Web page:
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Sovereignty For SurvivalAmerican Energy Development and Indian Self-Determination$
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James Robert Allison III

Print publication date: 2015

Print ISBN-13: 9780300206692

Published to Yale Scholarship Online: May 2016

DOI: 10.12987/yale/9780300206692.001.0001

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Determining the Self

Determining the Self

(p.98) 5 Determining the Self
Sovereignty For Survival

James Robert Allison

Yale University Press

Following the Northern Cheyenne revolt, this chapter moves to the adjacent Crow Reservation to detail similar efforts to resist non-Indian mining there. The bulk of the chapter, however, is dedicated to understanding the contentious intra-tribal debates that ensued over what type of mining this community would allow. One faction of young, educated Crows, living mostly off the reservation, pushed for the creation of a semi-autonomous, expert-laden mineral committee empowered to pursue mining only for minerals the tribe owned adjacent to the reservation. According to this group, developing off-reservation resources would preserve the reservation’s non-Indian character and its physical integrity, both of which were key to preserving the tribe. Another group of older, on-reservation Indians, however, feared the community could not survive without revenue from on-reservation mining. This faction argued that the tribal chairman should retain authority over mineral development, and that changing their traditional governing structure would render the tribe something other than Crow. When the tribe narrowly determined to prohibit on-reservation mining, to place power over its resources in a new governing body, and to impeach its chairman, the Crow not only set tribal energy policy, but also made cultural choices about what it meant to be Crow.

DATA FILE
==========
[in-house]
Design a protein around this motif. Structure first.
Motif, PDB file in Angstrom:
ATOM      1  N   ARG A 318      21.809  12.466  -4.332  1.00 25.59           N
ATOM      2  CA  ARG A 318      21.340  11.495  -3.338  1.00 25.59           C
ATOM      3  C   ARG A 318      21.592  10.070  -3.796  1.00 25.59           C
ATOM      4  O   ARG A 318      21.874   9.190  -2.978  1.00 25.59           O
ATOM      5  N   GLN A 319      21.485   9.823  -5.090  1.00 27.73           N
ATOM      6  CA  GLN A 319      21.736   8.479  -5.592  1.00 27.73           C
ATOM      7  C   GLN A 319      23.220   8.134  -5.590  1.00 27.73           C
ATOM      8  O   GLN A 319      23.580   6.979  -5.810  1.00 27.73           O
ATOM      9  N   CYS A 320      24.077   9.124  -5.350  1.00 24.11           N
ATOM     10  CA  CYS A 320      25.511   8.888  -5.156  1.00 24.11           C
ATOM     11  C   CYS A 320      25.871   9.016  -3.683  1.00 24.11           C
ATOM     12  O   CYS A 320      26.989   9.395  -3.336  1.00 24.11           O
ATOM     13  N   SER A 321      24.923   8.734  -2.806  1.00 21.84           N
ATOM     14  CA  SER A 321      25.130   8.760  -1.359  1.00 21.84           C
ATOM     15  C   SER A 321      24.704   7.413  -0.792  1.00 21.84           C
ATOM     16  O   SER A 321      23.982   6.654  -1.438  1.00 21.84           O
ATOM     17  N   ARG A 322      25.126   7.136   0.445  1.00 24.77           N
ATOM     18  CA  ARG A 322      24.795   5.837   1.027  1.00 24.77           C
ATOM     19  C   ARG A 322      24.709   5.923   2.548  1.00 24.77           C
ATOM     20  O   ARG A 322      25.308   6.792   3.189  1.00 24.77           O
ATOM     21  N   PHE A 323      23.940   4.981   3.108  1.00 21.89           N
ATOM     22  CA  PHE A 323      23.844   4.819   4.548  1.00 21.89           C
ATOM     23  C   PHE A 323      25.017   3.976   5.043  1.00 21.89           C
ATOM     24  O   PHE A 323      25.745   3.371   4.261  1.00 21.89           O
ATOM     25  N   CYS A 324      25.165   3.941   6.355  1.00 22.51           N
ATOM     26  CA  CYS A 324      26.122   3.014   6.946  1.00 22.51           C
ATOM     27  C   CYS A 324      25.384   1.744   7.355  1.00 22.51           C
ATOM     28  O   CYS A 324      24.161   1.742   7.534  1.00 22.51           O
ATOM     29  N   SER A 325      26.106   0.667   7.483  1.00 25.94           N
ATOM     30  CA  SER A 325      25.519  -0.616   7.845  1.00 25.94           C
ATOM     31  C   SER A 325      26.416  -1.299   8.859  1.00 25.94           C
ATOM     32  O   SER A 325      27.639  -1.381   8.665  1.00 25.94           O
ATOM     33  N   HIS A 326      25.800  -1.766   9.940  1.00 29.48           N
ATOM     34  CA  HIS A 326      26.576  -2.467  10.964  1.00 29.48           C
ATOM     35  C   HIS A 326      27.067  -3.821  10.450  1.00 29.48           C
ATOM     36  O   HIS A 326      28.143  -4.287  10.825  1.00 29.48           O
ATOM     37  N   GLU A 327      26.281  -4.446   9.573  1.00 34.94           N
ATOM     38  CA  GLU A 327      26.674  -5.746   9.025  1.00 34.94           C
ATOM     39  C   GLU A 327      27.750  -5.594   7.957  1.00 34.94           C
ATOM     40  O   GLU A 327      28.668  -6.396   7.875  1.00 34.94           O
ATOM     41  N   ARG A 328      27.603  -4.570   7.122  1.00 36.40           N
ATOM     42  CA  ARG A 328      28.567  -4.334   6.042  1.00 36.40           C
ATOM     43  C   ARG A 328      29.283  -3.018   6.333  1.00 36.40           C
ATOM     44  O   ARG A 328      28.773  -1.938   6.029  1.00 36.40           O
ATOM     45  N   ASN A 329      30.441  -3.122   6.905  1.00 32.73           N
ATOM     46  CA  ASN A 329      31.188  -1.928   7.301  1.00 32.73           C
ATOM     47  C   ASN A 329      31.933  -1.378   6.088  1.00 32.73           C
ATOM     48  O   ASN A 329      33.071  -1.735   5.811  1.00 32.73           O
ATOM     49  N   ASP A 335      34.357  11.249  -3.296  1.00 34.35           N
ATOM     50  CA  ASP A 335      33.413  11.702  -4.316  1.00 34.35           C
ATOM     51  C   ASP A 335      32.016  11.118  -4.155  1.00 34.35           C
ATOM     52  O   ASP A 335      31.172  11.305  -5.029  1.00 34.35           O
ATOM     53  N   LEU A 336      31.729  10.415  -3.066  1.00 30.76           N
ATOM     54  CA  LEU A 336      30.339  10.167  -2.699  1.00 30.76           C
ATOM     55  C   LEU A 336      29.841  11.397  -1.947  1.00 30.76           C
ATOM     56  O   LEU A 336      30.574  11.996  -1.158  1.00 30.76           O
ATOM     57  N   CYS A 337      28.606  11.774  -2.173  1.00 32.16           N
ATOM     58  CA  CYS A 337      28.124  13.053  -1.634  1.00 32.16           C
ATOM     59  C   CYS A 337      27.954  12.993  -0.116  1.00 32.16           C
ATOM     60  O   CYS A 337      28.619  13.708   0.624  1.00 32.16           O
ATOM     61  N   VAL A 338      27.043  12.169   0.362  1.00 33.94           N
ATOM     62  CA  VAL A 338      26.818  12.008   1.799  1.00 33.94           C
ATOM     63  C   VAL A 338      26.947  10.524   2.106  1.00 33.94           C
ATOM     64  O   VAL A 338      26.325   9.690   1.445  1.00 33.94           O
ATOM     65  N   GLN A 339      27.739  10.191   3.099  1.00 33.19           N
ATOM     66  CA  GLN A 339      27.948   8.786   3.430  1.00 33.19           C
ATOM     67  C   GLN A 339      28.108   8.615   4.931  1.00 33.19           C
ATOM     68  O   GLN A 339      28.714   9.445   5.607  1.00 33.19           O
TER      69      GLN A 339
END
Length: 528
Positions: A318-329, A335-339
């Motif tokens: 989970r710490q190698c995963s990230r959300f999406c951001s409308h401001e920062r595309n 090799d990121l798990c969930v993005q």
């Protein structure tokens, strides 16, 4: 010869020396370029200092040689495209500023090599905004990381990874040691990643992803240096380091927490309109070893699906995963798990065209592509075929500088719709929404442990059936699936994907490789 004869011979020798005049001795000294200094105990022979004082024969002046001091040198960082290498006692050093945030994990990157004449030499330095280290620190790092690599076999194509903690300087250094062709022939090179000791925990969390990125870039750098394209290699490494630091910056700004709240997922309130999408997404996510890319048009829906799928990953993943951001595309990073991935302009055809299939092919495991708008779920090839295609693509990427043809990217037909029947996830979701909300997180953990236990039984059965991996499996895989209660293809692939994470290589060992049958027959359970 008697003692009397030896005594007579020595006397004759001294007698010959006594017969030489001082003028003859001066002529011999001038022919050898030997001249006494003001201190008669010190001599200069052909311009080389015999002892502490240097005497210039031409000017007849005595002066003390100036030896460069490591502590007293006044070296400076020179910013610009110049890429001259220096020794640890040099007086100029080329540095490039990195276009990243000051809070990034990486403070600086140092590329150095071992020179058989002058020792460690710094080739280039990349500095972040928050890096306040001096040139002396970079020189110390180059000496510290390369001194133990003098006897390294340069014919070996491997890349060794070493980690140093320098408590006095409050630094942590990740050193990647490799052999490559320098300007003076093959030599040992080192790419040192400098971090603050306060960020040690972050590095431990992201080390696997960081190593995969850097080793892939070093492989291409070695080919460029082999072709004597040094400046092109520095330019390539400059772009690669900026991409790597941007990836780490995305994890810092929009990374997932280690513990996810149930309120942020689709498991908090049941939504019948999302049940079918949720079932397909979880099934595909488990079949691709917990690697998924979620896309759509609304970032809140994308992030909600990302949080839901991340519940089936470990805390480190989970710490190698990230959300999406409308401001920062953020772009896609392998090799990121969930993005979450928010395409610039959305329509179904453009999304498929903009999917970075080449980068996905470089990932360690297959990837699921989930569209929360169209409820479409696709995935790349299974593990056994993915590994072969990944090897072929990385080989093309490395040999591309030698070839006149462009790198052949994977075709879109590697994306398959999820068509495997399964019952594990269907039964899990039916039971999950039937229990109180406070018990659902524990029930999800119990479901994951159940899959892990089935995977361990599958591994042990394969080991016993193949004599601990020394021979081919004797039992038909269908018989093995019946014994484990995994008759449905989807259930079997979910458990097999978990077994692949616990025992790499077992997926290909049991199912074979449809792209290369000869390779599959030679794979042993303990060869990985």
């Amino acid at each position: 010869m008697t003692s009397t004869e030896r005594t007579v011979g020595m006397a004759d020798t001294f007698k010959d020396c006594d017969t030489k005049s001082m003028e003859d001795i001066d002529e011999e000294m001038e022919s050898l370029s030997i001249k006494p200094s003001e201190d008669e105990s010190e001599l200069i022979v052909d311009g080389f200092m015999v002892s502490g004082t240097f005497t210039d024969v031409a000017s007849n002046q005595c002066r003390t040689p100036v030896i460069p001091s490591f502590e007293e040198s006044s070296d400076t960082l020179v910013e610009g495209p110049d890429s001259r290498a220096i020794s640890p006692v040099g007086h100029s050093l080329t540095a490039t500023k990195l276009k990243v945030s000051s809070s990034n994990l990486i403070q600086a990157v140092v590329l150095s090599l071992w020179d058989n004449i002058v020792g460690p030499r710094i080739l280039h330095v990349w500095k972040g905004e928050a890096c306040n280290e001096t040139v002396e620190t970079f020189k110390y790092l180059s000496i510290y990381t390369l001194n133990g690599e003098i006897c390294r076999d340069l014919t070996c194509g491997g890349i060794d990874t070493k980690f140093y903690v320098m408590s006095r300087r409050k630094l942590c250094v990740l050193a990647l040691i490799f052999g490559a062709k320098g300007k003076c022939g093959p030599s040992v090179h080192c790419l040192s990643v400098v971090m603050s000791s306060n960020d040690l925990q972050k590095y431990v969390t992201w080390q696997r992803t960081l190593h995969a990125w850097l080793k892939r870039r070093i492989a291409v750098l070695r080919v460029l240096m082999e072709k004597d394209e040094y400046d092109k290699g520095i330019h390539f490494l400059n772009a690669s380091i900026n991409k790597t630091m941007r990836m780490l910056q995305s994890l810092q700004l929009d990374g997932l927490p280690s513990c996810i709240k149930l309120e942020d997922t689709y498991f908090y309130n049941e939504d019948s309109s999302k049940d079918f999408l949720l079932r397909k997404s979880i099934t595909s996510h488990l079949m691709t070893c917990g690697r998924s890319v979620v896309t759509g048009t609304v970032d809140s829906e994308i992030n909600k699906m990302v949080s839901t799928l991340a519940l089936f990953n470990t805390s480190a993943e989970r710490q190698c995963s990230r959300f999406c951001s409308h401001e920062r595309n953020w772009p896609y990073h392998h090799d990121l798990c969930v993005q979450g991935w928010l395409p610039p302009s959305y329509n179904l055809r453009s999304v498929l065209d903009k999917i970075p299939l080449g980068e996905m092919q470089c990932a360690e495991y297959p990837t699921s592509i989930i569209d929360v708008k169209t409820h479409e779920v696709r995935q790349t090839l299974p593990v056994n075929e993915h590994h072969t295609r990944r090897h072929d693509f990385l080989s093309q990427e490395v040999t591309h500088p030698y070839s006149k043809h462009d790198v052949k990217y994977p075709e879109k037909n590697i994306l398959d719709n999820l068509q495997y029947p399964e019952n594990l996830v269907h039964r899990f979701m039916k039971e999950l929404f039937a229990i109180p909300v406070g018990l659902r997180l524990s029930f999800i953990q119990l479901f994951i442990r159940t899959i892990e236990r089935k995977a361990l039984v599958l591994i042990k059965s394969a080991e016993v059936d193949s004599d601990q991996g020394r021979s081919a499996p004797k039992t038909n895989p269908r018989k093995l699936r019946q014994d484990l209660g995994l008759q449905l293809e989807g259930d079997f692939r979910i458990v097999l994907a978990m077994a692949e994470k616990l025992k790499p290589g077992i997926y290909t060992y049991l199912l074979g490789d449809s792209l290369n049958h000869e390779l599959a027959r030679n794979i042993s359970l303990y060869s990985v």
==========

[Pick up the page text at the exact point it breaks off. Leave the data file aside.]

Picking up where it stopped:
Keywords:   Crow tribe, Native American Rights Fund, Edison Real Bird, Patrick Stands Over Bull, Westmoreland Coal Company, Crow Coal Authority, Northsiders (aka Mountain Crow), Southsiders (aka River Crow), tribal identity, Red Power Movement

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